By Muhammed Ali Gurtas
The European Commission on Wednesday vetoed Italy's revised draft budgetary plan for 2019.
"At 131.2 percent of GDP in 2017, the equivalent of €37,000 per inhabitant, Italy's public debt exceeds the 60 percent of GDP reference value of the Treaty [on the functioning of the EU]," the Commission said.
The Commission stated that the country had the second-largest public debt-to-GDP ratio in the 28-member bloc and did not satisfy the debt reduction criteria last year.
"Moreover, Italy is not projected to comply with the debt reduction benchmark in either 2018 or 2019 based on both the government plans and the Commission 2018 autumn forecast.
"Those findings clearly suggest that, before consideration is given to all relevant factors, the debt criterion as defined in the Treaty does not appear to be fulfilled by Italy prima facie," it said.
The Commission said the debt criterion should be considered as not complied with, and a debt-based excessive deficit procedure is thus warranted.
Speaking at the European Semester Autumn Package press conference, the Commission's vice president Valdis Dombrovskis said: "Euro area countries are on the same team and playing by the same rules."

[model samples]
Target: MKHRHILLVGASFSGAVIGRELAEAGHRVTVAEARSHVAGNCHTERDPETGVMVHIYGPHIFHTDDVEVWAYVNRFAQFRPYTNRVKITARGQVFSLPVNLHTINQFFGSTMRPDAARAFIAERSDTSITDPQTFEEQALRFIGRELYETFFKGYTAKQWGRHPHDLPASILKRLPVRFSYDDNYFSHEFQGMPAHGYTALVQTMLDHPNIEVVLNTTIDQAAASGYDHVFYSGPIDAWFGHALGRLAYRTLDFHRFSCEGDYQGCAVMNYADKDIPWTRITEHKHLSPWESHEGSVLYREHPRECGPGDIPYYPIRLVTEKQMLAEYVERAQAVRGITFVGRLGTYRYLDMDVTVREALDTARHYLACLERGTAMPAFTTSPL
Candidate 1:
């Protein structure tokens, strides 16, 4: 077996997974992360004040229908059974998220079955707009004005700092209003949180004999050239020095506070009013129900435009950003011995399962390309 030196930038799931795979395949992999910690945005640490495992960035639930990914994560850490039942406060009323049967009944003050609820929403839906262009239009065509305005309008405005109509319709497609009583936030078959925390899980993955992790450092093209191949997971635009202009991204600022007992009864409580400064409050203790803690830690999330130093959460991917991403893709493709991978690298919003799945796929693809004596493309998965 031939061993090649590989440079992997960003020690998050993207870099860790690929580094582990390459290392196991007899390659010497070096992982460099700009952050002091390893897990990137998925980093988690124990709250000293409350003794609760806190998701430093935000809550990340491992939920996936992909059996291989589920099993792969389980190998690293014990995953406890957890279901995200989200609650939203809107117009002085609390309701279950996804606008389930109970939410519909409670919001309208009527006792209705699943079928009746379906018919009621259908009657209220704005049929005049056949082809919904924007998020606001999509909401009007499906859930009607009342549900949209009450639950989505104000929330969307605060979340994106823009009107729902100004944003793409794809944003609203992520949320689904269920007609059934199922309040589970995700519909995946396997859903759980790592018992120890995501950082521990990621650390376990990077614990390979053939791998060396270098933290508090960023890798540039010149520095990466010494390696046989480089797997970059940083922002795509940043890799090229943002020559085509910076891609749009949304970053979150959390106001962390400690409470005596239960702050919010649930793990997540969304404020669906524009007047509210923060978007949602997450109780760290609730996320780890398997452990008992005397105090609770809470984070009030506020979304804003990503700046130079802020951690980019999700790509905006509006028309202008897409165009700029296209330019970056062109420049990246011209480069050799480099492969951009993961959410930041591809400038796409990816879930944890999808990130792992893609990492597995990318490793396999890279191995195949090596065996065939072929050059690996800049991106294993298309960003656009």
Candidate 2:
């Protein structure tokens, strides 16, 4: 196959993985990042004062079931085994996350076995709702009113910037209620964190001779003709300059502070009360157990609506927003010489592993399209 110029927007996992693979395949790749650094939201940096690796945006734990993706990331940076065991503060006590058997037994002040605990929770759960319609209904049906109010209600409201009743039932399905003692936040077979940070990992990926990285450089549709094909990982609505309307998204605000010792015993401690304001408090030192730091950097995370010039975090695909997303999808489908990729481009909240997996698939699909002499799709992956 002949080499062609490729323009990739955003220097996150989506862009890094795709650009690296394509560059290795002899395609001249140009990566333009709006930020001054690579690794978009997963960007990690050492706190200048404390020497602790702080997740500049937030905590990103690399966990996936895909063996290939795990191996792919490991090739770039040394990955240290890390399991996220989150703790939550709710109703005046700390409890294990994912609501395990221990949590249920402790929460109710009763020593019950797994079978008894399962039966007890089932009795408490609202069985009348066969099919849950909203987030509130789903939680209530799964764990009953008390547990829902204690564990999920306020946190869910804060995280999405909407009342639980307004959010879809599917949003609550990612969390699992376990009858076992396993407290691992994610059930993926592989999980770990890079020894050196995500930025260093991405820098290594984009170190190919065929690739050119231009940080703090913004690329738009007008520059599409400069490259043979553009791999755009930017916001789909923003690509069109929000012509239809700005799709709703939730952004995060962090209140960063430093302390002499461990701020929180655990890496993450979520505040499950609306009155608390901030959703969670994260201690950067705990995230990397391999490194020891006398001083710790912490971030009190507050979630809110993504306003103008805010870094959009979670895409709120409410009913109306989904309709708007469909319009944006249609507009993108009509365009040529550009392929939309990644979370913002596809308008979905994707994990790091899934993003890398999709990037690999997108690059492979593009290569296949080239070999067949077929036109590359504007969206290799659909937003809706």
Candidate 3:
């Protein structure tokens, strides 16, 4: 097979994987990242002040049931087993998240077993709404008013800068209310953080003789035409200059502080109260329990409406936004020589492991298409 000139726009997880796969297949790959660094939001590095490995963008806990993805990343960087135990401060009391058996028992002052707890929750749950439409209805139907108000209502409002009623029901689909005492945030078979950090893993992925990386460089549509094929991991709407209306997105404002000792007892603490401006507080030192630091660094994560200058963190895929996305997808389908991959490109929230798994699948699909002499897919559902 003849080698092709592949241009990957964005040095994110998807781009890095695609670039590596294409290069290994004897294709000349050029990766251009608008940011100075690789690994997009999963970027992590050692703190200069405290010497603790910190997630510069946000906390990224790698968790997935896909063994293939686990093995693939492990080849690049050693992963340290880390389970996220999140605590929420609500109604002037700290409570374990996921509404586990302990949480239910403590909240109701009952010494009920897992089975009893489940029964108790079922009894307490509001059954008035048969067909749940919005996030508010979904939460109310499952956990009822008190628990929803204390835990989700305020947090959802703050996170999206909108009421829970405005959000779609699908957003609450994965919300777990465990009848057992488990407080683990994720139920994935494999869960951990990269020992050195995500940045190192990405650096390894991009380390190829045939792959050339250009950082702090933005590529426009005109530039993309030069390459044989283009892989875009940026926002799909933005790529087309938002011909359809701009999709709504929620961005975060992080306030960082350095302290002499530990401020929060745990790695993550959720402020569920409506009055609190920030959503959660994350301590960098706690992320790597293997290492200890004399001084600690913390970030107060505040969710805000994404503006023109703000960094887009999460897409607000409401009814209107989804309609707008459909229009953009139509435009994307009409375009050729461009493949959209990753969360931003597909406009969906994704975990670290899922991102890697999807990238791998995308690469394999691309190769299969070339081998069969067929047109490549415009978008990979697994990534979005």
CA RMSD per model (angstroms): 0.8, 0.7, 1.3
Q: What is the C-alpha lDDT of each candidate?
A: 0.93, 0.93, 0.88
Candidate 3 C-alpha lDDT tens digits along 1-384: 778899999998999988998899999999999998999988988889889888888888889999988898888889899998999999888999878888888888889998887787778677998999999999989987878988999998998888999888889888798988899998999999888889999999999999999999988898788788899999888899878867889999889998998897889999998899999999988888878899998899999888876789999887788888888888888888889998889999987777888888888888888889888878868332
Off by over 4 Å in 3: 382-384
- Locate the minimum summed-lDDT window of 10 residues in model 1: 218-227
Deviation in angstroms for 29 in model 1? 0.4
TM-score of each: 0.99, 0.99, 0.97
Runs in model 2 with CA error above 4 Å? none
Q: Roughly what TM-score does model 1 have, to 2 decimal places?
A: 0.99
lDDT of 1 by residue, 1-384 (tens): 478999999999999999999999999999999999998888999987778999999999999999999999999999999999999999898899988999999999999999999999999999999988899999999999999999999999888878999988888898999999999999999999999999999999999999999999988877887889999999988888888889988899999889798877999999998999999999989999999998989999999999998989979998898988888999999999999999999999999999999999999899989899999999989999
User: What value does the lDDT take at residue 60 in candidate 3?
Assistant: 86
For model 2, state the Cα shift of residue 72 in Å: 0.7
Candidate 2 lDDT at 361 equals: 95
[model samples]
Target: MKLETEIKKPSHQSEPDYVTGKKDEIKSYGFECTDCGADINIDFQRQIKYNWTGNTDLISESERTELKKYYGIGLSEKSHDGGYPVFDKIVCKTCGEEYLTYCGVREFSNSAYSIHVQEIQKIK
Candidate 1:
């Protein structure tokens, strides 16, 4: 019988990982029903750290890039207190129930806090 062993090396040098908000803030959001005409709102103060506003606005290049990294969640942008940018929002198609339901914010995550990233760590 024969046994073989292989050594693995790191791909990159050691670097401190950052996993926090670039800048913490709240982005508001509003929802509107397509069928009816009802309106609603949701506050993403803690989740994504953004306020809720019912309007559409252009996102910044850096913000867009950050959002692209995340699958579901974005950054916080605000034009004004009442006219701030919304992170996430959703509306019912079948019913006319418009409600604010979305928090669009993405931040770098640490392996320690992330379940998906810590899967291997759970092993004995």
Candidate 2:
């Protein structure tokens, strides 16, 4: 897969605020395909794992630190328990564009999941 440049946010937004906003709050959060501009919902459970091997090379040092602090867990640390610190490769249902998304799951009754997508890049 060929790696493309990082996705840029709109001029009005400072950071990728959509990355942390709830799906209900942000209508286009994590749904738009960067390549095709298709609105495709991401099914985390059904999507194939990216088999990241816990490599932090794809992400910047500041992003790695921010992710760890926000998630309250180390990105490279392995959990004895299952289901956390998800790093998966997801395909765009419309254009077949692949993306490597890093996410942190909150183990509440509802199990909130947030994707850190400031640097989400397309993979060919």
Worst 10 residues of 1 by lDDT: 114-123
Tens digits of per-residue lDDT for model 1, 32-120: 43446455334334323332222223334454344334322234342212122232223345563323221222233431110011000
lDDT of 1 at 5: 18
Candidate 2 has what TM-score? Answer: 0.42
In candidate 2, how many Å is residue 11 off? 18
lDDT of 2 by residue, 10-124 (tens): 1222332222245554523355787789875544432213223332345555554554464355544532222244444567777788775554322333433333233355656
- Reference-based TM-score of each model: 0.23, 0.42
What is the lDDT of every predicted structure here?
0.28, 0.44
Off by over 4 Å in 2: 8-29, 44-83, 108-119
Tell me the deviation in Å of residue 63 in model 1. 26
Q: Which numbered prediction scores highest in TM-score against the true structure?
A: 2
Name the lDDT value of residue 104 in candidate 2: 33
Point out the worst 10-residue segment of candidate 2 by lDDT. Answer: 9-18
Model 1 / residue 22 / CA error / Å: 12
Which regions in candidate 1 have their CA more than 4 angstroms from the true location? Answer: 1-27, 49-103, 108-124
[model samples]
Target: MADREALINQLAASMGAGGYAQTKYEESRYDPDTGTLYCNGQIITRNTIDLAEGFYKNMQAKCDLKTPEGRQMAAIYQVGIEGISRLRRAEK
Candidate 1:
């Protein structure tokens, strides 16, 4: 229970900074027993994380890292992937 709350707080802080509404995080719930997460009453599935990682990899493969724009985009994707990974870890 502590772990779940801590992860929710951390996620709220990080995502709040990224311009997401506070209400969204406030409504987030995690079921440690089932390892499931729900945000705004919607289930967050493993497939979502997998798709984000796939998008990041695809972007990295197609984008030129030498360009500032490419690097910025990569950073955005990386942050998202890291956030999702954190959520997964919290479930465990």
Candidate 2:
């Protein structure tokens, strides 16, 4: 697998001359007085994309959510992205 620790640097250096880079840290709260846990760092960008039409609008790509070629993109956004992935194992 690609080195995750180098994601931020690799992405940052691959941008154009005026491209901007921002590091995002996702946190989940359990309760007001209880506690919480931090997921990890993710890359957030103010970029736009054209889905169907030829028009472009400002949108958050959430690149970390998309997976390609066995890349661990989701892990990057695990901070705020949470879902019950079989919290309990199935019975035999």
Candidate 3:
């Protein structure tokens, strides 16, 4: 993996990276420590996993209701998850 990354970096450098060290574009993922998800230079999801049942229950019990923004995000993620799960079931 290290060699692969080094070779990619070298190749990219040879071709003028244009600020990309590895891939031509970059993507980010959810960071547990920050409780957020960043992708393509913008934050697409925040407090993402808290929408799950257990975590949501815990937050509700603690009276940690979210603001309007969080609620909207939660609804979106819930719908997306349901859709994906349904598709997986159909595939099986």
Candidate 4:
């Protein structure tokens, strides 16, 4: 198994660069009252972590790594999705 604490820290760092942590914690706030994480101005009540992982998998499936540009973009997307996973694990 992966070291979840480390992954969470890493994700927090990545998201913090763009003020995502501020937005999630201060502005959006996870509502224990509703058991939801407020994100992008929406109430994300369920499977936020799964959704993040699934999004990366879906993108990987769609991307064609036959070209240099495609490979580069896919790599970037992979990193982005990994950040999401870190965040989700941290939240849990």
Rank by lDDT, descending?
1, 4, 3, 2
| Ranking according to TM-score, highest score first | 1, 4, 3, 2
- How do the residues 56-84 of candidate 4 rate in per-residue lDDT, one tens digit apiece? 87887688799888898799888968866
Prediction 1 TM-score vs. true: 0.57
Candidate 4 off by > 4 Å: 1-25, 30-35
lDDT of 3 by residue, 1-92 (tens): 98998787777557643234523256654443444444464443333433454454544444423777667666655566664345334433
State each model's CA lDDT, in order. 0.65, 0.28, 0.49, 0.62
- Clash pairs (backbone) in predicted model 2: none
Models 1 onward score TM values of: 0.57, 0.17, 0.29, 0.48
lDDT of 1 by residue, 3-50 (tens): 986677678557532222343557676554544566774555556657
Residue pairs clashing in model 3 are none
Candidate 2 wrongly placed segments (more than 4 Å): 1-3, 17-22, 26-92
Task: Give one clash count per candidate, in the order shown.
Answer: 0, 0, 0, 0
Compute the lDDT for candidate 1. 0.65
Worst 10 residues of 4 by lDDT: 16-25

"These rules are there to protect us," Dombrovskis said. "They provide certainty, stability and mutual trust."
"With what the Italian government has put on the table, we see a risk of the country sleepwalking into instability.
"I hope this risk is to be avoided, because in the end, what is at stake is the well-being and future prosperity of the Italian people," he said.
Dombrovskis said the Commission's job is to flag risks before it is too late.
"This is what the Commission has been doing over the past weeks, and what we are doing again today," he added.
Commissioner Pierre Moscovici also said in a Twitter post: "Our opinion on Italy’s revised draft budgetary plan confirms our initial assessment that it is in 'particularly serious non-compliance' with the EU Council’s recommendation to Italy - which the government itself signed up to last July."
"Today is not yet the opening of an excessive deficit procedure," he said. "First the member states must give their views within two weeks, then the Commission will have to prepare the procedure, including a new recommendation for Italy to correct its deficit and debt trajectory."
"Our door remains open to dialogue with Italy," Moscovici said, adding:
"As we move closer to opening an excessive deficit procedure, it is even more essential that the Italian authorities engage constructively with the Commission."
Last month, Italy's budget plan for next year was found significantly deviated from the fiscal path recommended by the Commission, and the country was requested to present a revised draft budgetary plan for 2019 in three weeks.